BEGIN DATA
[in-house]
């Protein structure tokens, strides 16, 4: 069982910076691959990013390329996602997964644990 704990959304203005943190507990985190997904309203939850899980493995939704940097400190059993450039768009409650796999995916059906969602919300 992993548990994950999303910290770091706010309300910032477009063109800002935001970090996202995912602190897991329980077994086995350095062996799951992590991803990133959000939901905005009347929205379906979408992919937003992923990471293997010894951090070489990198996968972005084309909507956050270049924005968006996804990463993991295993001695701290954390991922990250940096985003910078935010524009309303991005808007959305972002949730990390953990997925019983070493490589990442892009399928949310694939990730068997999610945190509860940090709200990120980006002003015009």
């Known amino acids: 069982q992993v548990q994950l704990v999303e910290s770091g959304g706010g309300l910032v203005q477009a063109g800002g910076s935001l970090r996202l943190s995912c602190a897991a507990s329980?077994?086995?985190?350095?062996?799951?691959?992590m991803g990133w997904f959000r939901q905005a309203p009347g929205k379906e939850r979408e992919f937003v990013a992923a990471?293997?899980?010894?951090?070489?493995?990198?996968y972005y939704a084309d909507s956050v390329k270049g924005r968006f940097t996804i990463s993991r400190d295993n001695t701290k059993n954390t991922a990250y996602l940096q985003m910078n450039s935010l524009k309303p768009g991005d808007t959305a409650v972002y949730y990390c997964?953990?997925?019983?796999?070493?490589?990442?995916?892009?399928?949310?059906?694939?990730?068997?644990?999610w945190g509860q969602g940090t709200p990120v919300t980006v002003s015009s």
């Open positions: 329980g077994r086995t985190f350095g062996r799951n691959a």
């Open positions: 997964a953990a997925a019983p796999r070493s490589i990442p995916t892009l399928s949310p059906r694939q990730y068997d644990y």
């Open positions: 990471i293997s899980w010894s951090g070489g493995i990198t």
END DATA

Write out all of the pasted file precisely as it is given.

[in-house]
């Protein structure tokens, strides 16, 4: 069982910076691959990013390329996602997964644990 704990959304203005943190507990985190997904309203939850899980493995939704940097400190059993450039768009409650796999995916059906969602919300 992993548990994950999303910290770091706010309300910032477009063109800002935001970090996202995912602190897991329980077994086995350095062996799951992590991803990133959000939901905005009347929205379906979408992919937003992923990471293997010894951090070489990198996968972005084309909507956050270049924005968006996804990463993991295993001695701290954390991922990250940096985003910078935010524009309303991005808007959305972002949730990390953990997925019983070493490589990442892009399928949310694939990730068997999610945190509860940090709200990120980006002003015009």
């Known amino acids: 069982q992993v548990q994950l704990v999303e910290s770091g959304g706010g309300l910032v203005q477009a063109g800002g910076s935001l970090r996202l943190s995912c602190a897991a507990s329980?077994?086995?985190?350095?062996?799951?691959?992590m991803g990133w997904f959000r939901q905005a309203p009347g929205k379906e939850r979408e992919f937003v990013a992923a990471?293997?899980?010894?951090?070489?493995?990198?996968y972005y939704a084309d909507s956050v390329k270049g924005r968006f940097t996804i990463s993991r400190d295993n001695t701290k059993n954390t991922a990250y996602l940096q985003m910078n450039s935010l524009k309303p768009g991005d808007t959305a409650v972002y949730y990390c997964?953990?997925?019983?796999?070493?490589?990442?995916?892009?399928?949310?059906?694939?990730?068997?644990?999610w945190g509860q969602g940090t709200p990120v919300t980006v002003s015009s």
């Open positions: 329980g077994r086995t985190f350095g062996r799951n691959a």
């Open positions: 997964a953990a997925a019983p796999r070493s490589i990442p995916t892009l399928s949310p059906r694939q990730y068997d644990y």
């Open positions: 990471i293997s899980w010894s951090g070489g493995i990198t």